In the first nine months of 2015, only 13 per cent of the 66,000 Iraqis who made it to Europe were women. For Jalia, the special quota project is the only option she could consider; taking her chances on the perilous journey over land and sea to Europe with young children is something she could neither afford to pay for nor a risk she could afford to take.

Jalia’s younger sister remains in captivity in Raqqa, among the estimated 3,500 women and children still being held, according to the UN.

“My sister is the most beautiful girl, but it is a curse,” she tells me. “She was taken away with the younger girls for the Emirs, and married many times by many men”. Like many with loved ones still hostage, she has maintained occasional contact with her sister. She shows me pictures of a smiling 15-year-old on her phone, and begs for my help to raise the money to buy her back.

Despite Yazidi activists providing detailed information on the locations of where the captives are being held to Iraqi, Kurdish and UN authorities, there have been no rescue missions launched to free those still held captive. Within this vacuum, Yazidi activists have been running operations themselves.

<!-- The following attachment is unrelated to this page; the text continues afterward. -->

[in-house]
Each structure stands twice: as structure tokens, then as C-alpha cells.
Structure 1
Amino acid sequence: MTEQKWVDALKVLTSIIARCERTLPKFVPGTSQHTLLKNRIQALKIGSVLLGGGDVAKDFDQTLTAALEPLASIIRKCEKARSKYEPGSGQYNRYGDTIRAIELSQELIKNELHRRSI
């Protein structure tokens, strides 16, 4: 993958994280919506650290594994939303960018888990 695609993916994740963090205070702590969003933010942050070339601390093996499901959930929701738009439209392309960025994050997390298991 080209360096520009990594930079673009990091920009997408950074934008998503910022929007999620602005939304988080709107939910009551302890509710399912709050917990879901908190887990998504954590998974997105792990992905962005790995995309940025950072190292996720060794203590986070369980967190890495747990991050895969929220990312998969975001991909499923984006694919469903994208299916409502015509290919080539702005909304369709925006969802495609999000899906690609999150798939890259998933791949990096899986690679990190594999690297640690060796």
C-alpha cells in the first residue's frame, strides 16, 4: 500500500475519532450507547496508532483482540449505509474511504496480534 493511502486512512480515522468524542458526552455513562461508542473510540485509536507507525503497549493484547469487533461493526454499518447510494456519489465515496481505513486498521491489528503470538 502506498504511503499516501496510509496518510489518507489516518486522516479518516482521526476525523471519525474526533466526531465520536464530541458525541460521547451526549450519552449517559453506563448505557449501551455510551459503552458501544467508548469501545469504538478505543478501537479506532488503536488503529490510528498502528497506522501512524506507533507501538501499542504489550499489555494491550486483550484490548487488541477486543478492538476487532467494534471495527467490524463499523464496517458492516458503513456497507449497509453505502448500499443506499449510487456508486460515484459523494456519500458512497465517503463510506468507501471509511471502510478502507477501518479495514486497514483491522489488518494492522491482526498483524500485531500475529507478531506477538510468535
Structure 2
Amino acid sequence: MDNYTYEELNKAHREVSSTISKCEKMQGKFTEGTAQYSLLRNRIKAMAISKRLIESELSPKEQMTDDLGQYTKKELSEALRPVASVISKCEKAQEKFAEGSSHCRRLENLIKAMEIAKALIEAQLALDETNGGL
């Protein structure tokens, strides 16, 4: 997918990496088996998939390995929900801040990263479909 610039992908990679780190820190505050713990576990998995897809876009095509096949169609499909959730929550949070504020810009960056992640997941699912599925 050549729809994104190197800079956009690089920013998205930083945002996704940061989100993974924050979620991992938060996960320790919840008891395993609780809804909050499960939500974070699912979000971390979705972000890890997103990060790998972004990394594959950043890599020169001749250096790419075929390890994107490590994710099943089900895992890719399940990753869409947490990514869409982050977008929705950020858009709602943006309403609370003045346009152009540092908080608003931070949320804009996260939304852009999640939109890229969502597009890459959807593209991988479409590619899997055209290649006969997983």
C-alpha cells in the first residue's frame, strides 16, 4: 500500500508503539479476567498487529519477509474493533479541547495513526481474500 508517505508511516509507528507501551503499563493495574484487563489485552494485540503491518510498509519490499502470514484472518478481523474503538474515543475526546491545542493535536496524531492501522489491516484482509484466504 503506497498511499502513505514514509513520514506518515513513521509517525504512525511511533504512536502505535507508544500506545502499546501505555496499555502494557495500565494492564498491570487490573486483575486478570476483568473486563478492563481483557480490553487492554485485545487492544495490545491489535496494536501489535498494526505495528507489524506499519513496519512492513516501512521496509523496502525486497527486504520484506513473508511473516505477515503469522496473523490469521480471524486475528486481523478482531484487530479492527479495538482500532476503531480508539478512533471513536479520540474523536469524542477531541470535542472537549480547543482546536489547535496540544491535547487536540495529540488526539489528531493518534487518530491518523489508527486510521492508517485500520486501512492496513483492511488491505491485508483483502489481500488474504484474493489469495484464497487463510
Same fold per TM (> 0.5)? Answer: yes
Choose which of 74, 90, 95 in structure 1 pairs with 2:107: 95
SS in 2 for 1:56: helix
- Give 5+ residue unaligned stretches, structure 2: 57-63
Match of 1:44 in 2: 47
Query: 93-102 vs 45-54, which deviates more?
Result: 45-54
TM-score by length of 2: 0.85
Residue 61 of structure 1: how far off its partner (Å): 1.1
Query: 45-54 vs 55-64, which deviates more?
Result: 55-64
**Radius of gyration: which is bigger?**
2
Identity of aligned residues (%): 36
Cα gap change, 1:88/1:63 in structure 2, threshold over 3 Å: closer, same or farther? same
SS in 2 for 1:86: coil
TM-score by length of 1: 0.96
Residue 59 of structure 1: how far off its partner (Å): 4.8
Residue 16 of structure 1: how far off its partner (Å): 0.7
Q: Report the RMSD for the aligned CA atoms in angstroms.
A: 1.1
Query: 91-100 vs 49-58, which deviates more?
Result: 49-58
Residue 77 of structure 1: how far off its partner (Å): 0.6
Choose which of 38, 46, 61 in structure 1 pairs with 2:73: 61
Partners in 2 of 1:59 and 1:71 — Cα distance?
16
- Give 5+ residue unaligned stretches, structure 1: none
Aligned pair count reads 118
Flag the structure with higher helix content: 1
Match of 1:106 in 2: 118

“No one has done anything about the kidnappings, and there has been no special help for us Yazidis, despite the genocide against us,” Hasan, who has been personally involved in freeing more than 500 women and children, tells me. “The German project for the girls who have escaped is the only one, but everyone is leaving for Europe in one way or another. I don’t know what will happen to us.”

The Tunisian fighter holding Jalia’s little sister is demanding $10,000 from the family for her freedom – money they have very little hope of receiving now that the Syrian Kurdish forces (YPG) and the Kurdish Regional Government (KRG) have stopped contributing to ransom payments for hostages. Rescues have slowed over recent months, according to Hasan, as Isis believes the YPG and KRG are still helping families pay, but, having inflated the cost of freedom by getting involved in the first place, both groups now refuse to do so.

Inside Erbil airport, Jalia snaps multiple pictures of her eldest boy, seven, enjoying the novelty of the moving escalator, and of her youngest two, dressed up in the new clothes purchased with money from the programme to prepare the family for the German winter.